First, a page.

Last week, it was time again for this year’s favorite political event: the Children’s Question Time. I like the children’s question time because the children know how to prioritize and the adult politicians show that they can conduct politics in a different way.
The questions were touching again this year. It started with a proposal to give children a structural influence on Dutch politics. Prime Minister Rutte pointed out that there are already opportunities for children to talk to, such as children’s councils and child mayors. But he wanted to discuss it. One class from Urk also asked what measures were taken against sea level rise, another class wanted to know how Minister Staghouwer envisioned the future of agriculture, and there was a question of poverty and education.
The animal ambulance was also discussed. Iwan Krans from Wagenborg said that pets are very important for the children in his class. They also once called the animal ambulance for an injured bird. He wanted to know why the animal ambulance is not a priority vehicle and must not drive with flashing lights. Secretary of State Van der Burg replied that there is a need for trained drivers for this and it is too demanding for volunteers. The children did not find it convincing and asked why they are not being paid.
This question indicated a worldview where other animals are co-creatures. In the Wagenborg class, there are pictures of pets on the wall, so they are also a bit with. It is no exception that children see animals in this way. Recent research from the UK shows that the hierarchy that adults experience between humans and other animals has been learned. This hierarchy leads to a conflicting moral attitude: we see some animals as food and others as friends, while these animals may have the same interests. Smaller children look at it differently and think, for example, that domestic animals should be treated as well as humans. They learn this in adolescence and learn to distinguish on the basis of species. Leading researcher Luke McGuire says this is not only scientifically interesting: Adults can learn from the child’s attitude to better interact with animals and the planet.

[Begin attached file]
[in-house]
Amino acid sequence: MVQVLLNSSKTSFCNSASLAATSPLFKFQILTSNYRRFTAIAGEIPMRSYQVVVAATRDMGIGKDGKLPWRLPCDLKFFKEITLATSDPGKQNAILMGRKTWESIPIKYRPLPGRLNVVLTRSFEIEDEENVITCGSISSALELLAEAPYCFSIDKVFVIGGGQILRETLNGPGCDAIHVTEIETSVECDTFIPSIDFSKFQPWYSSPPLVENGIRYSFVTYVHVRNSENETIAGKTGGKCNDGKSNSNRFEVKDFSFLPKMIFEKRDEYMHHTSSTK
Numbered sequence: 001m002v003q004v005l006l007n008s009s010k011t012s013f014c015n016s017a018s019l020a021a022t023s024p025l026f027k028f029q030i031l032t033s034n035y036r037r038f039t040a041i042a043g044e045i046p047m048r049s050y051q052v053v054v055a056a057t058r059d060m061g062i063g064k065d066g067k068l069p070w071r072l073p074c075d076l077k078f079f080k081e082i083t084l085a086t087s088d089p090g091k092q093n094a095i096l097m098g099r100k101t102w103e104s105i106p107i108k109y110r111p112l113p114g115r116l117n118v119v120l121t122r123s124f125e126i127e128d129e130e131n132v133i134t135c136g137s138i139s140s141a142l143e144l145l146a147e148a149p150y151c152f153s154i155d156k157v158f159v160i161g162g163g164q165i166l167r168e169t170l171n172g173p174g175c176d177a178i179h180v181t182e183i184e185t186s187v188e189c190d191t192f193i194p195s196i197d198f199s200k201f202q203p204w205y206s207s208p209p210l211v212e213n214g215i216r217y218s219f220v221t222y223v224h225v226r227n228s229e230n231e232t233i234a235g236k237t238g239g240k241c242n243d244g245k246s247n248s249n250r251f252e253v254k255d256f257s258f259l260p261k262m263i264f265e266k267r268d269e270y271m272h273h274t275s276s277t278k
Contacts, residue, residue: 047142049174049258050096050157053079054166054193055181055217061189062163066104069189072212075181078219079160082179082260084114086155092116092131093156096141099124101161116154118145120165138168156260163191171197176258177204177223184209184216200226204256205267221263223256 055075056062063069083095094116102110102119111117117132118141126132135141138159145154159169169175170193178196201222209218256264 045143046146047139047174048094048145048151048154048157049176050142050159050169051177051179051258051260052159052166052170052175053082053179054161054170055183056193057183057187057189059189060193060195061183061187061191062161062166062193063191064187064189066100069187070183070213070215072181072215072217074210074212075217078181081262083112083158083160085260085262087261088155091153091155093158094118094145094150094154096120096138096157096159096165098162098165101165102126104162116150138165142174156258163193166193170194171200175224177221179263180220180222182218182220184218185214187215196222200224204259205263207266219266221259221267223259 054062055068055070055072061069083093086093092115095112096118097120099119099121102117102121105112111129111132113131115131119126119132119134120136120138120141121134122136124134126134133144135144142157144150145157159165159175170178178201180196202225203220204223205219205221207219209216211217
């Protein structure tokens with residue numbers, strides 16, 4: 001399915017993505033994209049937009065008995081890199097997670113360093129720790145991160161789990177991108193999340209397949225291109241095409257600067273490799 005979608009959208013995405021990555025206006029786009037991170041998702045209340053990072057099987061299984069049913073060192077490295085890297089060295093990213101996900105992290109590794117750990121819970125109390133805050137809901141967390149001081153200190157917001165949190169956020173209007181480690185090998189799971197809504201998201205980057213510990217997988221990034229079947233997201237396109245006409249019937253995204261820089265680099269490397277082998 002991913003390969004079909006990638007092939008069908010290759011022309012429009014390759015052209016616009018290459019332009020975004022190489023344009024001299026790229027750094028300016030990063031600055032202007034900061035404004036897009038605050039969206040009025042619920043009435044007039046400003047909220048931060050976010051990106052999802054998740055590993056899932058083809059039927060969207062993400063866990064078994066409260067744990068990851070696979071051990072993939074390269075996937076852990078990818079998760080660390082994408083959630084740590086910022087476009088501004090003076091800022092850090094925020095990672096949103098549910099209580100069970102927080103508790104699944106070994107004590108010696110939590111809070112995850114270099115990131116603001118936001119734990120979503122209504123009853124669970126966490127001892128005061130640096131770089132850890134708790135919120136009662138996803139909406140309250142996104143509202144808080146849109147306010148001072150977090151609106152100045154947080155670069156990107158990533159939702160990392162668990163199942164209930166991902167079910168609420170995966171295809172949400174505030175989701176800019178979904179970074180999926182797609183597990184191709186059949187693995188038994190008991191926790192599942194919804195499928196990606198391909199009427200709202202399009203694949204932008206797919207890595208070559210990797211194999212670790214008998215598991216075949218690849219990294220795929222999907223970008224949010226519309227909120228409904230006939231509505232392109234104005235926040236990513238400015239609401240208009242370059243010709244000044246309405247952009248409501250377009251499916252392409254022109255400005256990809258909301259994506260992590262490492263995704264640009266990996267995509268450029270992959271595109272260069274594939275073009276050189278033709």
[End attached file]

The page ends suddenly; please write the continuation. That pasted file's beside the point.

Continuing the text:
Which brings us back to the issue of child participation. A recurring theme, already at the first child’s question time, the children wanted to know if the voting age could not be lowered. Adults believe that children’s participation is not necessary or possible, or that children do not care. But children have their own perspective on life and moreover, the interests of adults and children do not always coincide. During the corona crisis, for example, children had to give up relatively much in school, sports and social contact to protect the elderly. The consequences of this have not yet been clarified.
The interests of children and adults will only diverge further in the near future. Statistics Holland wrote that “the sustainability of our prosperity” is under pressure because nature is disappearing. The UN wrote in a report that seawater temperatures, greenhouse gas concentrations, sea level rise and sea acidification all reached new record highs last year. The consequences will affect children differently than adults.
Ignoring children’s ideas is a form of discrimination, philosophers like John Wall argue. They must be able to have real political influence. It requires creativity: ‘children’ are a diverse group in terms of age, background and interests. Sometimes their position is clear, as when children make themselves heard in climate protests, sometimes not. Taking their perspective seriously starts with listening anyway. Nor is it a bad idea in adult politics.
Eva Meijer is a writer and philosopher. She writes a column every other week.
A version of this article was also published in the newspaper on May 24, 2022